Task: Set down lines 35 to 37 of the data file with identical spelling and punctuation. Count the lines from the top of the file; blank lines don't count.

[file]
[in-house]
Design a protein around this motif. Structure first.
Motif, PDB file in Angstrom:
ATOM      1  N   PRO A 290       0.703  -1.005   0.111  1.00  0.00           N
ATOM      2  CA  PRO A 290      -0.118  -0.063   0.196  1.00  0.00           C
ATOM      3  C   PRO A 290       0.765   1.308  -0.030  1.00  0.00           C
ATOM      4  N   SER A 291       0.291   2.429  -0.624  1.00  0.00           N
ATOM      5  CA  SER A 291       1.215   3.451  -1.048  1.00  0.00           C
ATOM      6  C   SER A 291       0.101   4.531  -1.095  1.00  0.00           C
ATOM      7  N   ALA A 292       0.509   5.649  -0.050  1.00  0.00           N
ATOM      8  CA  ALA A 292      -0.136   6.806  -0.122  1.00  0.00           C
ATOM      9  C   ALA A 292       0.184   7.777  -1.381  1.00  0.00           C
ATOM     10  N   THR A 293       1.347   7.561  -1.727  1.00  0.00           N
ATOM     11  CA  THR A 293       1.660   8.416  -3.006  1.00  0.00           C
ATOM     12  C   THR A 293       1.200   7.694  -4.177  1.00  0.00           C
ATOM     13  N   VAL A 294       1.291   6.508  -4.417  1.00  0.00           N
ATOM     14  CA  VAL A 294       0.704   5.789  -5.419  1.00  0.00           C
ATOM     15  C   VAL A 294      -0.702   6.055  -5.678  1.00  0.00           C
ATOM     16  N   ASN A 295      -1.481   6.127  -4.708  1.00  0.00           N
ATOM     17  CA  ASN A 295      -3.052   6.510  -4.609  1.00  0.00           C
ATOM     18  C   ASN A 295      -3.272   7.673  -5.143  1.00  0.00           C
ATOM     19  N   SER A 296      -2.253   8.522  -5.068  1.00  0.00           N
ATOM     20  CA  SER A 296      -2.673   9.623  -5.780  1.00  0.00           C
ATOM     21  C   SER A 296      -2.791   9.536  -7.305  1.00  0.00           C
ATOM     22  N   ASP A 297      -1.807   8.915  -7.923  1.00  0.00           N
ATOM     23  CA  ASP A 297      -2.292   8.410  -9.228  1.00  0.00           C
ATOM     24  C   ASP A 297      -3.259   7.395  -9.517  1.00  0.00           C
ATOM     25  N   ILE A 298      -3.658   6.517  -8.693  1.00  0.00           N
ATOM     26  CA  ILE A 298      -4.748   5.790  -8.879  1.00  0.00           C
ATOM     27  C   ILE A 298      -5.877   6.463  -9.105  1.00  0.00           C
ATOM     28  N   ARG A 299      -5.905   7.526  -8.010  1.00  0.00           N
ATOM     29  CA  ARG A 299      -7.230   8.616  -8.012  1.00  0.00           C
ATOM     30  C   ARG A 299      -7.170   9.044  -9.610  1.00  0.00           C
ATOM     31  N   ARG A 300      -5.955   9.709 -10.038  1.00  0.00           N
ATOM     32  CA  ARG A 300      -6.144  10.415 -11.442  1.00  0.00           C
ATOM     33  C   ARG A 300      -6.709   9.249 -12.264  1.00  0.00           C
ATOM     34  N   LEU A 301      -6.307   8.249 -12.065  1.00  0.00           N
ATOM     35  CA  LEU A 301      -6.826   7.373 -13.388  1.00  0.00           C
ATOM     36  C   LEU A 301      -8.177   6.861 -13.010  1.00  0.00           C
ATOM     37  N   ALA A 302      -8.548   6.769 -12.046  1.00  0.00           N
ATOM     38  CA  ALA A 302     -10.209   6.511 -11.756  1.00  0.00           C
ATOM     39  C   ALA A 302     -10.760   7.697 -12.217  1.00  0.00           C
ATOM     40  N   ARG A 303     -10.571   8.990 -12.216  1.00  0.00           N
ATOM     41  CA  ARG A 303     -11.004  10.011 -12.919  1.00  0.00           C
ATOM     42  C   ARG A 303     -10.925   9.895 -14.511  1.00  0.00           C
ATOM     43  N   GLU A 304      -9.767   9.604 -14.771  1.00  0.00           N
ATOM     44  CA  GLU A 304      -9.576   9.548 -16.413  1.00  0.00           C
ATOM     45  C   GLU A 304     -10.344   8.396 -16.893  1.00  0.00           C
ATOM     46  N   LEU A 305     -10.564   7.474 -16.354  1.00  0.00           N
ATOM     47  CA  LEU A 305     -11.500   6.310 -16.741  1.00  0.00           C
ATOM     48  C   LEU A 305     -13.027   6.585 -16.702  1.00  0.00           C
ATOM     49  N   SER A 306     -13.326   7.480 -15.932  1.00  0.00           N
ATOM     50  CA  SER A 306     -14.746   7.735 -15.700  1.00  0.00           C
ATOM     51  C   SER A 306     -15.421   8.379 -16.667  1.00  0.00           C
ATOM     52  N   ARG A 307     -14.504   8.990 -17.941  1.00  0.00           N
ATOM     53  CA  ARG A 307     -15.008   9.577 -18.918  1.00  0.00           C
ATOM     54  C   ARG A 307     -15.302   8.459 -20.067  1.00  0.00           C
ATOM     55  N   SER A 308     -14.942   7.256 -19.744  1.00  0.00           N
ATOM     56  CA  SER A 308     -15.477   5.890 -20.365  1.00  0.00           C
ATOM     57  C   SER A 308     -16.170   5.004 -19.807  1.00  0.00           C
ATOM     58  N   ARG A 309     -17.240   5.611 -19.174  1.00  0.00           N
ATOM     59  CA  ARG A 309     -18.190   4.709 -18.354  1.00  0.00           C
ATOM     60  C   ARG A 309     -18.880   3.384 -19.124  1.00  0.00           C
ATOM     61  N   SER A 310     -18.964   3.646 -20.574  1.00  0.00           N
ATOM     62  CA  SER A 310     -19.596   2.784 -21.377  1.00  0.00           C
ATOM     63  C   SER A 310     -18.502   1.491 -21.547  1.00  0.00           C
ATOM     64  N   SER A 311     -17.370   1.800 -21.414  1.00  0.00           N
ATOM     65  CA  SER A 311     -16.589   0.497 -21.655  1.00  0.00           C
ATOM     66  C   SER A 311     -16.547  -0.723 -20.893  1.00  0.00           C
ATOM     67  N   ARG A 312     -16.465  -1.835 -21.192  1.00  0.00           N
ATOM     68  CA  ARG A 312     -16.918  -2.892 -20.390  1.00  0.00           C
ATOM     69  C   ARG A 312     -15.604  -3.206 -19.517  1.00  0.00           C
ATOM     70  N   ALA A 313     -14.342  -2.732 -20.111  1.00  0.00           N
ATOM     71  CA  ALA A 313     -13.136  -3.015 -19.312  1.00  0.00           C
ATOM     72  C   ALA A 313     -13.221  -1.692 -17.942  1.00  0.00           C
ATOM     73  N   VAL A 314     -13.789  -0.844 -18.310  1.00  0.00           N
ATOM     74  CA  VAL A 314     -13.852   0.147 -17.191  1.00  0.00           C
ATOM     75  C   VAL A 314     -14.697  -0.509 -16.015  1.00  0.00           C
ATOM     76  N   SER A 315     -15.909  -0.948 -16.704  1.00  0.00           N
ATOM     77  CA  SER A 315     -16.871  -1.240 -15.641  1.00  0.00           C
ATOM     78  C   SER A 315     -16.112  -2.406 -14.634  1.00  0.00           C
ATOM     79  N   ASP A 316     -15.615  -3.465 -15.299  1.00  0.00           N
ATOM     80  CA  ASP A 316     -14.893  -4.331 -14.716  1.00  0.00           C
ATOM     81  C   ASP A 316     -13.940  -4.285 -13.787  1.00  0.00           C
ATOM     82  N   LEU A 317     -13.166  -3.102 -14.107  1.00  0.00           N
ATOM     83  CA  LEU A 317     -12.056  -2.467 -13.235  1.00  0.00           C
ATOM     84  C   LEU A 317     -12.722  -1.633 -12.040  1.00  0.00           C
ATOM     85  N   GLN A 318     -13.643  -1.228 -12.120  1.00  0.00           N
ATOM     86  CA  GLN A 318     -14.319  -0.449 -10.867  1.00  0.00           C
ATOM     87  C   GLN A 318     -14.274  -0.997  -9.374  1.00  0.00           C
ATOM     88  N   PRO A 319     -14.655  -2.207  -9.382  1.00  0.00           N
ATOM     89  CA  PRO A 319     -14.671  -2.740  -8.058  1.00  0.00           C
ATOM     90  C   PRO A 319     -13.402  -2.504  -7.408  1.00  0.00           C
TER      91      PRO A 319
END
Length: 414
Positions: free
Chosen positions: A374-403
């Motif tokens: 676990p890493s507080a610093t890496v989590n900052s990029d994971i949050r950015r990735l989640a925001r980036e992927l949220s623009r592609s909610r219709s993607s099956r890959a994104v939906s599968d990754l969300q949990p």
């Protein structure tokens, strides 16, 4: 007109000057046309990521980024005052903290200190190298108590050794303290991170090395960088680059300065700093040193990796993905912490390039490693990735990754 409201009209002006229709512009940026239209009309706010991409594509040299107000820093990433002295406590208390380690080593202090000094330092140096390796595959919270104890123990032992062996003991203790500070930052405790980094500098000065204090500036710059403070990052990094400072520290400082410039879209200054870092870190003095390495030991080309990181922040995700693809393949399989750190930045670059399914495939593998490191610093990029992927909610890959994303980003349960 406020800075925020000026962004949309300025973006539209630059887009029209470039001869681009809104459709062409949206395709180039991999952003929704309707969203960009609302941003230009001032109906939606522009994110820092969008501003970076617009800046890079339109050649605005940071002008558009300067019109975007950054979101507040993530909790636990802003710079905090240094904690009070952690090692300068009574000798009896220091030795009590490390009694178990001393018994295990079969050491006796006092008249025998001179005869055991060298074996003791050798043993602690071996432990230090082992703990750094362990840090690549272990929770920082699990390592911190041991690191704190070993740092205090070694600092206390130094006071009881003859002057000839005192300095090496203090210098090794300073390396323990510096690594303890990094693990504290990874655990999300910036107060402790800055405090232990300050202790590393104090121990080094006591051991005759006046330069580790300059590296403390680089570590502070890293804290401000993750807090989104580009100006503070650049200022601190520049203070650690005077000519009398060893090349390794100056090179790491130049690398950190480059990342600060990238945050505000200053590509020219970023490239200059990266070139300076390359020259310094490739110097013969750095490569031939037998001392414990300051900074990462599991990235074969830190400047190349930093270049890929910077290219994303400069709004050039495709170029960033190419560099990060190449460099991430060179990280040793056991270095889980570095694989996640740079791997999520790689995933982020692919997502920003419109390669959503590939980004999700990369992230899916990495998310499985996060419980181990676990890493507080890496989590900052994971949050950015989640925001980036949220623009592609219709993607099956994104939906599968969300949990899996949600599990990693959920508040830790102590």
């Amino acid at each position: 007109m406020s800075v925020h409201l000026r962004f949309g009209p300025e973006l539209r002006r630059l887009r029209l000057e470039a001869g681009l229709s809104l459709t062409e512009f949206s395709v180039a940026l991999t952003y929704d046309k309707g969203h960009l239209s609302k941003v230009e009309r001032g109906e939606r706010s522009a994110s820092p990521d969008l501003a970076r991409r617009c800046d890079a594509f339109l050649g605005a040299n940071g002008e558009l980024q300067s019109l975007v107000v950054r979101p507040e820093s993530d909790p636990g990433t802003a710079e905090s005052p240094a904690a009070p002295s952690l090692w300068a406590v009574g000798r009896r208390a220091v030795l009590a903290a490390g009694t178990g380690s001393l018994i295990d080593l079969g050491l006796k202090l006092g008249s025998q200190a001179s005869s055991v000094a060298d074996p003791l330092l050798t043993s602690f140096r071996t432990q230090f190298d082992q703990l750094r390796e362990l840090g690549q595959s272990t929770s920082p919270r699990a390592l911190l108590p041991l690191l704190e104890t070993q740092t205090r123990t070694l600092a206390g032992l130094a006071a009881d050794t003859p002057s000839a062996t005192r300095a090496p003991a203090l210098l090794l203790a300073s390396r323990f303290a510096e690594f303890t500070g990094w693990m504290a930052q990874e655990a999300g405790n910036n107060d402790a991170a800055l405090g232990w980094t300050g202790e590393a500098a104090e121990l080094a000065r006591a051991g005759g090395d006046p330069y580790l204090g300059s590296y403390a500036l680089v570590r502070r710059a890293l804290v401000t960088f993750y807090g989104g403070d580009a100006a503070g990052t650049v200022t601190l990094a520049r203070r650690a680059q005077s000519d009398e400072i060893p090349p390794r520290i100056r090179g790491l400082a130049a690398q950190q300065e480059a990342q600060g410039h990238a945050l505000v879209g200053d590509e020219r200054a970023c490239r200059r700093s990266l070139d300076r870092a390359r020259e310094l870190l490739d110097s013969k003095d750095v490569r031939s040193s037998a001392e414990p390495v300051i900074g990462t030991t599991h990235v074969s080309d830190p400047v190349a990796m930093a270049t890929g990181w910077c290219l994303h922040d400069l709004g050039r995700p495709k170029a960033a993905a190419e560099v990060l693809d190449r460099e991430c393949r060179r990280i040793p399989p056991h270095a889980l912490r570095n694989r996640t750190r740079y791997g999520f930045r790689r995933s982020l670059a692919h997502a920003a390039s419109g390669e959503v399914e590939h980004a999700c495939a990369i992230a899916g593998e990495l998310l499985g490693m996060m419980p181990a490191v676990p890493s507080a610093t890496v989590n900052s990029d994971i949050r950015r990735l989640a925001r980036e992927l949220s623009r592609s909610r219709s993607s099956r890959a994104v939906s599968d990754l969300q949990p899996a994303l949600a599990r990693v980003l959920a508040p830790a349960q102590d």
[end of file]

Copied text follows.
ATOM     32  CA  ARG A 300      -6.144  10.415 -11.442  1.00  0.00           C
ATOM     33  C   ARG A 300      -6.709   9.249 -12.264  1.00  0.00           C
ATOM     34  N   LEU A 301      -6.307   8.249 -12.065  1.00  0.00           N